This week, Patti invites us to have fun with motion. Please visit her site and get inspiration and great examples on how to go about the challenge!
Personally I will tweak it a bit…letting me do the motion while the object is standing still.
In this first yellow one I have used a favourite technique – double exposure. The gentle flowers seem to be dancing a wild, energetic dance.
In these two slider pairs, I have used ICM – intentional camera movements. In a sense, ICM gives the same effect as (intentional) single-exposition motion blur: in the former the camera moves during exposure, in the second the target moves, but they have in common that there is relative motion between camera and target, resulting in streaking in the image.
In the first pair, I have moved my camera from an upward point downwards, rather fast, trying to create as straight lines as possible while the motif gets blurred. In the second pair, I have tried to move the camera faster still, making the image even more blurred, giving the sense of fast movement.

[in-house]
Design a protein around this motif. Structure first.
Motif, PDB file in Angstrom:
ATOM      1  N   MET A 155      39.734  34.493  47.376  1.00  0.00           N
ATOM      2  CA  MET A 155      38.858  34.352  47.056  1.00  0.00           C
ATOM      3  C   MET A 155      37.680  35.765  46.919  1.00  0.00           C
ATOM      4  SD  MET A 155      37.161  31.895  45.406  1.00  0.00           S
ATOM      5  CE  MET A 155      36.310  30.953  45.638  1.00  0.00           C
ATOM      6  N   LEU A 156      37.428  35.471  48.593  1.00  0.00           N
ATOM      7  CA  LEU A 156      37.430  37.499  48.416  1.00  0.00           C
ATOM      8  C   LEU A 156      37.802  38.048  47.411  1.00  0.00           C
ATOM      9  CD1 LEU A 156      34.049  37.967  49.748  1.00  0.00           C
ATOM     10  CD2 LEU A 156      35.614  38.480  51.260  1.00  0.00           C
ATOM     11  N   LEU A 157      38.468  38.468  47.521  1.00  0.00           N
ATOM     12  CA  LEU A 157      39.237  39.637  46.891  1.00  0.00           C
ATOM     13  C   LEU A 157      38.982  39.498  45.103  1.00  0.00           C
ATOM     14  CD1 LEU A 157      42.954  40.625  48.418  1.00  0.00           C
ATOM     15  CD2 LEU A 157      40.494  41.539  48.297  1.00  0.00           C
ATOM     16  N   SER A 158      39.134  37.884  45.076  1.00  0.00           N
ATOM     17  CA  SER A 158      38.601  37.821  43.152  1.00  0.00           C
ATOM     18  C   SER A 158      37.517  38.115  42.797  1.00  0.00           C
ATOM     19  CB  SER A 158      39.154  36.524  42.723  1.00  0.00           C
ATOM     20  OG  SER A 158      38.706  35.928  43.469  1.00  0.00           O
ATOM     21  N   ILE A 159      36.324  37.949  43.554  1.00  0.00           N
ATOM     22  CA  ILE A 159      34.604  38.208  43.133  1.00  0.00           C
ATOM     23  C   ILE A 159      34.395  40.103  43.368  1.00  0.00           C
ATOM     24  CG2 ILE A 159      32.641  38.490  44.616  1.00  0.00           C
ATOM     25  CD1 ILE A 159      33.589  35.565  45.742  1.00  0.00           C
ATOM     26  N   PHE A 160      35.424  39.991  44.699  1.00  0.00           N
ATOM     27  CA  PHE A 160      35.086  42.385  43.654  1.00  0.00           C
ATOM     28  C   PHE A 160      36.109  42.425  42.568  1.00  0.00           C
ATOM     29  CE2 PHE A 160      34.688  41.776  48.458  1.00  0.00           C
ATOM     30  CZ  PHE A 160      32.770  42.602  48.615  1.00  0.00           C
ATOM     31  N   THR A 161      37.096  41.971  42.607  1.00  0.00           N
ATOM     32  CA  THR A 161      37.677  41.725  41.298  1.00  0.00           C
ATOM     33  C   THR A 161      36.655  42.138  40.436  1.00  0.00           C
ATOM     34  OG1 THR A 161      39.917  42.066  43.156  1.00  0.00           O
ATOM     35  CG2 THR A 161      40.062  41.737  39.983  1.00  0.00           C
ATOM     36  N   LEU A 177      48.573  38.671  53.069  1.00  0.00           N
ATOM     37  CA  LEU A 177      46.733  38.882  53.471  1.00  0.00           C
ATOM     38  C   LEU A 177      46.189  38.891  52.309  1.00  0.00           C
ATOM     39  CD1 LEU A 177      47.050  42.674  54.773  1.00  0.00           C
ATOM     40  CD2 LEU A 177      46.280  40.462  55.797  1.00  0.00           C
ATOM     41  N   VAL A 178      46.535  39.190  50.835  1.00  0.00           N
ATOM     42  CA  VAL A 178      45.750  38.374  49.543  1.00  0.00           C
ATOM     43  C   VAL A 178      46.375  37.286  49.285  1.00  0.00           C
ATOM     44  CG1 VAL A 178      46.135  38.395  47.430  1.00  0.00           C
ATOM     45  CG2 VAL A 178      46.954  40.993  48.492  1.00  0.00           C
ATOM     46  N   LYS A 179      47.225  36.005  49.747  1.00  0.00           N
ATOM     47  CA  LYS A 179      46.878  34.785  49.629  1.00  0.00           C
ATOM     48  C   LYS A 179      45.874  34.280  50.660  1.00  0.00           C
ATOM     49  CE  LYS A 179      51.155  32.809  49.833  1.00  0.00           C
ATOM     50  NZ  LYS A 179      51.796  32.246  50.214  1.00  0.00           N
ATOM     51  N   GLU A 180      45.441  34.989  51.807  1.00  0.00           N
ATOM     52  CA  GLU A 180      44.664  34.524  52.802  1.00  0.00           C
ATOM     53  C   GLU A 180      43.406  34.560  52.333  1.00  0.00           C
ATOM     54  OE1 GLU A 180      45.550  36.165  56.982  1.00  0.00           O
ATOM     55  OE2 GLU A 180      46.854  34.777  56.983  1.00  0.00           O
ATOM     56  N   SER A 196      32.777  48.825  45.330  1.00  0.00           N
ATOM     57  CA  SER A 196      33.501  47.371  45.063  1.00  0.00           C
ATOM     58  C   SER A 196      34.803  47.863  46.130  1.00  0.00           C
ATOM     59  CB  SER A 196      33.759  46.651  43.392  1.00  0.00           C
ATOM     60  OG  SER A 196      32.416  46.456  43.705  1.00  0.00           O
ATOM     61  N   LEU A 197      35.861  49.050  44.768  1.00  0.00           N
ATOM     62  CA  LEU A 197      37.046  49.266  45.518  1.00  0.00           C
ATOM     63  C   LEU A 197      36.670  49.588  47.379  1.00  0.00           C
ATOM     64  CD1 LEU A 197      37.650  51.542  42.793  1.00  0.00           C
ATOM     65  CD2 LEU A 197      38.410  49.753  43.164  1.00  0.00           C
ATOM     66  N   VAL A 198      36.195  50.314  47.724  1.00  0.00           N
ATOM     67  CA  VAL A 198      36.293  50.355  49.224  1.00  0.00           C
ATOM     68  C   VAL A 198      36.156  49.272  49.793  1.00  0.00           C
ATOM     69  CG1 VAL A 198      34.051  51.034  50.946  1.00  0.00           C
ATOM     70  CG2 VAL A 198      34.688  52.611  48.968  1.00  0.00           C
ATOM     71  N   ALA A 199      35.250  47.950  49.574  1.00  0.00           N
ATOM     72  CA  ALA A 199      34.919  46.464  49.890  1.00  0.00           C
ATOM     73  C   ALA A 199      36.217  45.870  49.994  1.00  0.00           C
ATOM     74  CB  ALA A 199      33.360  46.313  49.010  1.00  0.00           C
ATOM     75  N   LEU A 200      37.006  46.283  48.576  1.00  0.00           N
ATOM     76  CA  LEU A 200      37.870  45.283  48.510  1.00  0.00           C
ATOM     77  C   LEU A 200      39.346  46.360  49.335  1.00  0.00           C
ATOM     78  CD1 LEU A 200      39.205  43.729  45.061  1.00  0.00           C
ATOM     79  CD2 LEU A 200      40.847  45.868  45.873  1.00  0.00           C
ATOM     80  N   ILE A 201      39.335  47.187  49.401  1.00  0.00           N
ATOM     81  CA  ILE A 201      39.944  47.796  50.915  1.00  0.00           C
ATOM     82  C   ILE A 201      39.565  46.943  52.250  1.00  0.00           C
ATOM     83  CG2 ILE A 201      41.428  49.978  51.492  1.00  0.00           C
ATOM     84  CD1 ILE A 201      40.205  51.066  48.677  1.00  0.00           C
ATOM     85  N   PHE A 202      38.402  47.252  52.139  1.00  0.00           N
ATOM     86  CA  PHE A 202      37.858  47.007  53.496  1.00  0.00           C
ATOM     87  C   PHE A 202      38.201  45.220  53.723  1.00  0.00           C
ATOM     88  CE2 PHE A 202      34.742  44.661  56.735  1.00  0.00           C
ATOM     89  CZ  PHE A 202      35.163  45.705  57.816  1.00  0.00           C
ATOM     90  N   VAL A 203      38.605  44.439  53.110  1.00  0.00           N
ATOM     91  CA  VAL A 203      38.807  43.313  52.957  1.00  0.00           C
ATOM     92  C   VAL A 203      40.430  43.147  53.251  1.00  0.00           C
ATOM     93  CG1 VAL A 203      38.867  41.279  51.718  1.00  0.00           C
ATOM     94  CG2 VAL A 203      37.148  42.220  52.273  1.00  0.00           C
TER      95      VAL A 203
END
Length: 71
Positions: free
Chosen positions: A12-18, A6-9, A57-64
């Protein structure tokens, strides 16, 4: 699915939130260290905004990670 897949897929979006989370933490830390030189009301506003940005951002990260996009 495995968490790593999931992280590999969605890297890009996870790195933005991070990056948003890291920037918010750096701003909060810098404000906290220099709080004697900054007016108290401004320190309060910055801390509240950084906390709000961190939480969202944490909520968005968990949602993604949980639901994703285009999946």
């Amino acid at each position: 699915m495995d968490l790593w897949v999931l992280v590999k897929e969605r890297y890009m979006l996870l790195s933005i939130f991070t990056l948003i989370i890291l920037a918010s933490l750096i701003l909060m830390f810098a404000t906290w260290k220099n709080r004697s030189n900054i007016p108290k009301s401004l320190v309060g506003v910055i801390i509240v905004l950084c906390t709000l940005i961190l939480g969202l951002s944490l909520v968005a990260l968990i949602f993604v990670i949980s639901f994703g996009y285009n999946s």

Generally exposures of 1/20 to 1/2 second give the best results and an optimum seems to be 1/8 of a second to retain the shape of the subject, but strip away surface detail. But much is trial and error!
Another motion effect can be achieved by changing the focal length of a zoom lens during the exposure. I find this even more difficult to get a satisfying result. But fun it is and the results surprising!
As I don’t use filters, I tried these effects in the late evening to get softer light.
Last week Anne Sandler challenged us to explore our photographic groove. A great challenge, Anne, and we found many interesting grooves to explore! Next week, Amy will lead the challenge. Visit her beautiful site next Saturday at noon EST to join the fun.
Just remember to link your post to Patti’s original post and use the Lens-Artists tag to help us find you in the Reader.
Until next time…, stay safe and be kind.